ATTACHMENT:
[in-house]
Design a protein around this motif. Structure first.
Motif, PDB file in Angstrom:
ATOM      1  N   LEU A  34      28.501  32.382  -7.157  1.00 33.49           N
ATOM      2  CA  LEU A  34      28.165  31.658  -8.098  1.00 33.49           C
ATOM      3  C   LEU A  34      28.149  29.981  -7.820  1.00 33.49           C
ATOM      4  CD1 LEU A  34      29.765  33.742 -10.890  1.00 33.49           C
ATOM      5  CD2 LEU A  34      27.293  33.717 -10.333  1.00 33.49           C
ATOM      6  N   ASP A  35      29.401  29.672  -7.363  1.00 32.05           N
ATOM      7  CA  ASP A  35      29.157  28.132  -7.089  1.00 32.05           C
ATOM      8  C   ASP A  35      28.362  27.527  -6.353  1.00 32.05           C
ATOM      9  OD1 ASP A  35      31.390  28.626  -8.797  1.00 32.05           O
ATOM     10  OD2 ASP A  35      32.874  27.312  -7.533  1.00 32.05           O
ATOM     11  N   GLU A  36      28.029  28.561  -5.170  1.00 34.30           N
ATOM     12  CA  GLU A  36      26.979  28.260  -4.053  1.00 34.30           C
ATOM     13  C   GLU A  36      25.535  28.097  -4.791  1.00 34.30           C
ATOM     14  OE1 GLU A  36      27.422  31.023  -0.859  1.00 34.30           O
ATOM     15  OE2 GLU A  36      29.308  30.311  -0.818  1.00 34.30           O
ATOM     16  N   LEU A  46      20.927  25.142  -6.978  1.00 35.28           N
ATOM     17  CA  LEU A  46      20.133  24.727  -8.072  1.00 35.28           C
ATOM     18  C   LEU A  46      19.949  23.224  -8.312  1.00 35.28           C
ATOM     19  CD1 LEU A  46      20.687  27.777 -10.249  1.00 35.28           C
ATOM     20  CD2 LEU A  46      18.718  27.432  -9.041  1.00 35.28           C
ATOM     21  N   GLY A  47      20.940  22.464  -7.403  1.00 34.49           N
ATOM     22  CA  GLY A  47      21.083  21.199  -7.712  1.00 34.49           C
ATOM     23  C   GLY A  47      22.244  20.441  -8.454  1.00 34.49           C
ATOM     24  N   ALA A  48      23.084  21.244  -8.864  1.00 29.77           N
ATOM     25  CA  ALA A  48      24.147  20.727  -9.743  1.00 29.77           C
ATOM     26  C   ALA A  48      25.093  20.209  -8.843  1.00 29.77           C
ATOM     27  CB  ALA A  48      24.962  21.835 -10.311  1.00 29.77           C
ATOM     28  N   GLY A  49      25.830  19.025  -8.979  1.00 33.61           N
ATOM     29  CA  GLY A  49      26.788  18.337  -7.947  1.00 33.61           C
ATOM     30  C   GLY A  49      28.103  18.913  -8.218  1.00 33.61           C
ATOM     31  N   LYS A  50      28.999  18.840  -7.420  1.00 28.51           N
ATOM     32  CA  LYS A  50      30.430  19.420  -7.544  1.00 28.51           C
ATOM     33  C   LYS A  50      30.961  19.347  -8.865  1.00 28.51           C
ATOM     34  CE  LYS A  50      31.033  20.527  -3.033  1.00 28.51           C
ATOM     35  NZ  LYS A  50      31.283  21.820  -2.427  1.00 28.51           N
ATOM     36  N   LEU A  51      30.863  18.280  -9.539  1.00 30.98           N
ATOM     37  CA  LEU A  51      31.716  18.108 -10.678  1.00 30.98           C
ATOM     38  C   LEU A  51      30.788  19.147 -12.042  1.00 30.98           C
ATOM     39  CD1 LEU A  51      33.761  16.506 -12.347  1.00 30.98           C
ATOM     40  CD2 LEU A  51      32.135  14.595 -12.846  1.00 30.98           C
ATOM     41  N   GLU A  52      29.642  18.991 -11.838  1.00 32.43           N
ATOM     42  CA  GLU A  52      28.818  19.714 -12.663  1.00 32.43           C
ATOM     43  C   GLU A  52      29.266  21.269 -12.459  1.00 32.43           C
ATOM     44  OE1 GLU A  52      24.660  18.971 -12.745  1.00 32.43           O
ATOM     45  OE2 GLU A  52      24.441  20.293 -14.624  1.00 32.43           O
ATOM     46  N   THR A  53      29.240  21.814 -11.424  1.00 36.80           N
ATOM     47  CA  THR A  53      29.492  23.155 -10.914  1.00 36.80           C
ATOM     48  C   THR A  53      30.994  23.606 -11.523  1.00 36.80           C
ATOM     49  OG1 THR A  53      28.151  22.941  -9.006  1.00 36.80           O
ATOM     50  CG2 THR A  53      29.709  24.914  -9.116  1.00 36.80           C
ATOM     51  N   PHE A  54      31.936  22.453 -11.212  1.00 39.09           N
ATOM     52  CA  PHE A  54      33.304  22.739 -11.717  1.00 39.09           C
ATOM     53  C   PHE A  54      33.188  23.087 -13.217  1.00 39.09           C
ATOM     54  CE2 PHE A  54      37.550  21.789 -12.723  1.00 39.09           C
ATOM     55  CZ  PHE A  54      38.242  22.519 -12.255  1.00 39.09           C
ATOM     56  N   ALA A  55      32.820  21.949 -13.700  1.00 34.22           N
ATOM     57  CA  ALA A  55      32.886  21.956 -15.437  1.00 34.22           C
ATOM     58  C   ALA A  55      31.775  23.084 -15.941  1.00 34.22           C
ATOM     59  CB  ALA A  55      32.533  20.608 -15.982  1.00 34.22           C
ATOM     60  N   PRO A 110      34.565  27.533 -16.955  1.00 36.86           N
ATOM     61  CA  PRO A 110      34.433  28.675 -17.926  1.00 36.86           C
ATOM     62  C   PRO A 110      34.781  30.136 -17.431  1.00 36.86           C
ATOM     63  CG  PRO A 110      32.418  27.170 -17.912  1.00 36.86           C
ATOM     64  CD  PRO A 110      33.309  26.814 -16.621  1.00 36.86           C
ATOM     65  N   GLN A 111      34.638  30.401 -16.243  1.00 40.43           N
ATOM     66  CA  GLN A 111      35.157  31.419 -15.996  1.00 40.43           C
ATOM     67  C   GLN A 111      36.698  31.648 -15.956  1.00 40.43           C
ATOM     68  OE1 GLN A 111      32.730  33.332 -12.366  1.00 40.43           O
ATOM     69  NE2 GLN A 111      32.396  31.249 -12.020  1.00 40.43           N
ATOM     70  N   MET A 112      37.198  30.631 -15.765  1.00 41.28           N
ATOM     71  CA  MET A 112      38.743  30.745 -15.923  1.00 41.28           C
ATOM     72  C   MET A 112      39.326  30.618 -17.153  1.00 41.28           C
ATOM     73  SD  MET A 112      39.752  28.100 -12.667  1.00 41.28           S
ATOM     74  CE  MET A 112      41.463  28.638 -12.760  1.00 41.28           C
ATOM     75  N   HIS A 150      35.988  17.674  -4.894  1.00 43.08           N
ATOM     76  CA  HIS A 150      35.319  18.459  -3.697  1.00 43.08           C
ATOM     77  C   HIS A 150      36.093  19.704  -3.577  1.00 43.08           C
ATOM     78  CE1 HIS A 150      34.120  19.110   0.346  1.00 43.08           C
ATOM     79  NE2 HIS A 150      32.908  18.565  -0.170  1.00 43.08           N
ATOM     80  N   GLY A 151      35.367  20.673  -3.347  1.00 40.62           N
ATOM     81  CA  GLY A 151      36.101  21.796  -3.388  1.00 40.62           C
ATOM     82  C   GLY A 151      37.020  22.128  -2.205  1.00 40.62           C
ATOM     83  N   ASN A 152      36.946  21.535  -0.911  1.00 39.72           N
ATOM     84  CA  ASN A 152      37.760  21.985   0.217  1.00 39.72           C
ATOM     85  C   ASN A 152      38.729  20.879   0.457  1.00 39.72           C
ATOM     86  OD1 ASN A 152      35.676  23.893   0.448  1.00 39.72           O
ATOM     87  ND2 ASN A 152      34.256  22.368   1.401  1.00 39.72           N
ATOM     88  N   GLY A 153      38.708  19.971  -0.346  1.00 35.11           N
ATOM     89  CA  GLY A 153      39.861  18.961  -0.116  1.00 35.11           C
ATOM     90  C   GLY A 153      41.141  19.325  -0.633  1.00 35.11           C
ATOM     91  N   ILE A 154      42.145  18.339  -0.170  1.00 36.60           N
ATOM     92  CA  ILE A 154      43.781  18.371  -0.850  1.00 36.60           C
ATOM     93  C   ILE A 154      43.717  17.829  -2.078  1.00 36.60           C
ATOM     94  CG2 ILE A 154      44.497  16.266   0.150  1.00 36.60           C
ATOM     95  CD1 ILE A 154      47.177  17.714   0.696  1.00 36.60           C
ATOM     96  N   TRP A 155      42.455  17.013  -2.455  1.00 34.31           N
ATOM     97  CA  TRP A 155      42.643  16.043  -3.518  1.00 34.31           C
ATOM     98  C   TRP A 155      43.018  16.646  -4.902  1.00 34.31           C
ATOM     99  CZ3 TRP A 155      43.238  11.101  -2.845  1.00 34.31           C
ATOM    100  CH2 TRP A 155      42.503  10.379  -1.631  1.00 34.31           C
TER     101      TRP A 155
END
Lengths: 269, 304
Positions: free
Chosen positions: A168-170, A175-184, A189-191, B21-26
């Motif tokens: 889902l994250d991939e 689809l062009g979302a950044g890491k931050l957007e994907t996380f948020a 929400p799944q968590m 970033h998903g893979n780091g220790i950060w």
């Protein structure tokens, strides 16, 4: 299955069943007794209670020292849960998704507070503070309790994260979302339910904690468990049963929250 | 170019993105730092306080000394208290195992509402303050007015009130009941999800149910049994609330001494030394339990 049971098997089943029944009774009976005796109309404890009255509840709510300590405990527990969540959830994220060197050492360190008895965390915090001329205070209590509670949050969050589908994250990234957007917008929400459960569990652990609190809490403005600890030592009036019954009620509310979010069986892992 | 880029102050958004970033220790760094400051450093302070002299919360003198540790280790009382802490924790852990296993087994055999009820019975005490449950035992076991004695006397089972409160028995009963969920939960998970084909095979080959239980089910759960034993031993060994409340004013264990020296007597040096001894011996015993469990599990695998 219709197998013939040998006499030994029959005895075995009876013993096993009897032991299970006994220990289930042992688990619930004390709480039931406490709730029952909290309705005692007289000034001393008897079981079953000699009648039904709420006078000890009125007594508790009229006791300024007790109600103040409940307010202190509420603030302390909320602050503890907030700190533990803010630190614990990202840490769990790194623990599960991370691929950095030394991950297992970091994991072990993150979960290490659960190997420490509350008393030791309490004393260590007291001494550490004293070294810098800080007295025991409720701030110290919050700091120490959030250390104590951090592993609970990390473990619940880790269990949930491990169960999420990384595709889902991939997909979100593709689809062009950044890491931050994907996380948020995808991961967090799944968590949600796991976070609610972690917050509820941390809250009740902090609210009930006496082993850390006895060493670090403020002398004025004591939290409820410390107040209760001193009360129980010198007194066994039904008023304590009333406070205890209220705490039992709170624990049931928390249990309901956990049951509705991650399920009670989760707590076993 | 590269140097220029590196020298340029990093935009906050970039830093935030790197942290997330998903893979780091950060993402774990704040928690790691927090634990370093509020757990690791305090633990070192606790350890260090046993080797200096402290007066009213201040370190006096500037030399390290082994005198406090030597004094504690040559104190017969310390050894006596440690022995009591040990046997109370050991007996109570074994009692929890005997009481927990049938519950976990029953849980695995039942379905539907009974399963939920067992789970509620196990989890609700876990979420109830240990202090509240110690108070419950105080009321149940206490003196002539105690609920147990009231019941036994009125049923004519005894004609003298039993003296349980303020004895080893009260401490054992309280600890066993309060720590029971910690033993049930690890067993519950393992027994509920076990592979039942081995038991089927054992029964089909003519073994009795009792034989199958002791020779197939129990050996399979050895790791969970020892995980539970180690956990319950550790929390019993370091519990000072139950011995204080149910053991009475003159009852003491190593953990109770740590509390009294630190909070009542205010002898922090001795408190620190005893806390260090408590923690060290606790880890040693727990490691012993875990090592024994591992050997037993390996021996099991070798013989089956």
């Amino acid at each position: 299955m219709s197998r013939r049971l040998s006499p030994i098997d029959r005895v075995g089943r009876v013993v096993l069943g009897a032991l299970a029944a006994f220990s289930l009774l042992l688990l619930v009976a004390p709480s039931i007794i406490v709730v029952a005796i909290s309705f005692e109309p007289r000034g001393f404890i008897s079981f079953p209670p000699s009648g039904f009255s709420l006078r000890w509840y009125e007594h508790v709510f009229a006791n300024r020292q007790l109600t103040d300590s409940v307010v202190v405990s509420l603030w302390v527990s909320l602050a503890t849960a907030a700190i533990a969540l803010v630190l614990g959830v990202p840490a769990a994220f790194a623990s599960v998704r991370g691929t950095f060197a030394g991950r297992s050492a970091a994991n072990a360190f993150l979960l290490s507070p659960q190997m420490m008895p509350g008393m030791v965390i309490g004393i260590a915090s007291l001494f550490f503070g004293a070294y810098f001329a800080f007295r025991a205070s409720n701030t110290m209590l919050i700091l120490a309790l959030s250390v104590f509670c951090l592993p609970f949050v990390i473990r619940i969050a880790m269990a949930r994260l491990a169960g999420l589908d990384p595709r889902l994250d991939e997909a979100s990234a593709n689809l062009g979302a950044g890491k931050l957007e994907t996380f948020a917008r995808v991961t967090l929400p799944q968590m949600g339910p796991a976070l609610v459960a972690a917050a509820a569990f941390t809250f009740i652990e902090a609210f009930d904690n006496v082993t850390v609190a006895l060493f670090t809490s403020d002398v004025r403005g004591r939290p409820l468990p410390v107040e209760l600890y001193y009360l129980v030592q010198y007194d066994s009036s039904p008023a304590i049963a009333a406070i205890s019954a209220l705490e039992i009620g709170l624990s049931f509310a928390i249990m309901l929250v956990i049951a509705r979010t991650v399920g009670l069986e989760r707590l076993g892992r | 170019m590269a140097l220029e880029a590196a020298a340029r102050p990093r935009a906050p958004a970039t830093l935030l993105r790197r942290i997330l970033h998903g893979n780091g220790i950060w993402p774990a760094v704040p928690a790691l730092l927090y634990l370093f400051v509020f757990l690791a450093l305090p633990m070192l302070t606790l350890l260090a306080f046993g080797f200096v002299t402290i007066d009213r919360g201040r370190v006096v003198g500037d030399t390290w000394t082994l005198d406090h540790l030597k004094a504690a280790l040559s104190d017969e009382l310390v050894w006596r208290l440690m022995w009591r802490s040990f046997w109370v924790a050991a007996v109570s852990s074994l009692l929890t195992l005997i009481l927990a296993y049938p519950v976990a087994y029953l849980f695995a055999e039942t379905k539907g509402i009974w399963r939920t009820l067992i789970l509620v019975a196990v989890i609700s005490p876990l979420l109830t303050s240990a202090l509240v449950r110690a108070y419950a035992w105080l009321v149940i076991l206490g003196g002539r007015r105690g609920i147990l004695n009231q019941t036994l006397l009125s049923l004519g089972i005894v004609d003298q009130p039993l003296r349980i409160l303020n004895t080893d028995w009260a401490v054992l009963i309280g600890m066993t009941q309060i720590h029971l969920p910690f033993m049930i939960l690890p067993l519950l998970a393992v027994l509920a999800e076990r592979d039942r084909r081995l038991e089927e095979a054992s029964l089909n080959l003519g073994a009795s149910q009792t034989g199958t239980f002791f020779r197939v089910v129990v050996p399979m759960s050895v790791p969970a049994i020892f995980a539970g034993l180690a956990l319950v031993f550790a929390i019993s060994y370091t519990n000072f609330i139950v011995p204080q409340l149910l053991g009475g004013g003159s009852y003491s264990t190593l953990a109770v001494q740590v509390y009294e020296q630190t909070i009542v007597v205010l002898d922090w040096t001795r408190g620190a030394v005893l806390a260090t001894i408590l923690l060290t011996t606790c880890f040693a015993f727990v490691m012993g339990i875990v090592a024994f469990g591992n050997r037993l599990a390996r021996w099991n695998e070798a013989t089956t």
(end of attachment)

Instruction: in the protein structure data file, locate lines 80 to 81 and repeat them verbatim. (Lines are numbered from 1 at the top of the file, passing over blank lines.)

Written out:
ATOM     77  C   HIS A 150      36.093  19.704  -3.577  1.00 43.08           C
ATOM     78  CE1 HIS A 150      34.120  19.110   0.346  1.00 43.08           C